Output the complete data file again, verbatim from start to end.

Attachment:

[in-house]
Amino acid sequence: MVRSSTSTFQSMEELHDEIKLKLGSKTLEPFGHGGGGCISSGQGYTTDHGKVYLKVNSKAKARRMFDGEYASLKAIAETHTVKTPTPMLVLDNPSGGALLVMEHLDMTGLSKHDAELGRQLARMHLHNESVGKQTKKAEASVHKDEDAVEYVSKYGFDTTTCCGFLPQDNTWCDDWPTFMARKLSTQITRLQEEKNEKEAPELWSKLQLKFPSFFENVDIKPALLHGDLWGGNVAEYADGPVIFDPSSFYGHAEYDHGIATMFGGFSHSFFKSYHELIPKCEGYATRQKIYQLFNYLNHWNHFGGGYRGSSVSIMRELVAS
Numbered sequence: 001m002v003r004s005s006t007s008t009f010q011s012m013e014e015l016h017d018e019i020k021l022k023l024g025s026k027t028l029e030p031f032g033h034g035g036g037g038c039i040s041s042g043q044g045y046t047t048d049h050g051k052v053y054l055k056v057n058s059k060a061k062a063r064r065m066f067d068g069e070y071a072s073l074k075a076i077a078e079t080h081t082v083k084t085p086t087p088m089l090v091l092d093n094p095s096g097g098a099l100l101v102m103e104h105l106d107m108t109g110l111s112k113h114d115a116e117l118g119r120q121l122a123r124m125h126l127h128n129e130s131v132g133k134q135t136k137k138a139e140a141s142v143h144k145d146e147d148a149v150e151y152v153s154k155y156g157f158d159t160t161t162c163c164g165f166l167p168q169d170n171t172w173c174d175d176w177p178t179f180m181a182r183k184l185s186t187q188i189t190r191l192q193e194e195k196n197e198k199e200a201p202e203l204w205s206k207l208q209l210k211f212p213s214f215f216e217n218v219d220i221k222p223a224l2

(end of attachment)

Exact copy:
[in-house]
Amino acid sequence: MVRSSTSTFQSMEELHDEIKLKLGSKTLEPFGHGGGGCISSGQGYTTDHGKVYLKVNSKAKARRMFDGEYASLKAIAETHTVKTPTPMLVLDNPSGGALLVMEHLDMTGLSKHDAELGRQLARMHLHNESVGKQTKKAEASVHKDEDAVEYVSKYGFDTTTCCGFLPQDNTWCDDWPTFMARKLSTQITRLQEEKNEKEAPELWSKLQLKFPSFFENVDIKPALLHGDLWGGNVAEYADGPVIFDPSSFYGHAEYDHGIATMFGGFSHSFFKSYHELIPKCEGYATRQKIYQLFNYLNHWNHFGGGYRGSSVSIMRELVAS
Numbered sequence: 001m002v003r004s005s006t007s008t009f010q011s012m013e014e015l016h017d018e019i020k021l022k023l024g025s026k027t028l029e030p031f032g033h034g035g036g037g038c039i040s041s042g043q044g045y046t047t048d049h050g051k052v053y054l055k056v057n058s059k060a061k062a063r064r065m066f067d068g069e070y071a072s073l074k075a076i077a078e079t080h081t082v083k084t085p086t087p088m089l090v091l092d093n094p095s096g097g098a099l100l101v102m103e104h105l106d107m108t109g110l111s112k113h114d115a116e117l118g119r120q121l122a123r124m125h126l127h128n129e130s131v132g133k134q135t136k137k138a139e140a141s142v143h144k145d146e147d148a149v150e151y152v153s154k155y156g157f158d159t160t161t162c163c164g165f166l167p168q169d170n171t172w173c174d175d176w177p178t179f180m181a182r183k184l185s186t187q188i189t190r191l192q193e194e195k196n197e198k199e200a201p202e203l204w205s206k207l208q209l210k211f212p213s214f215f216e217n218v219d220i221k222p223a224l2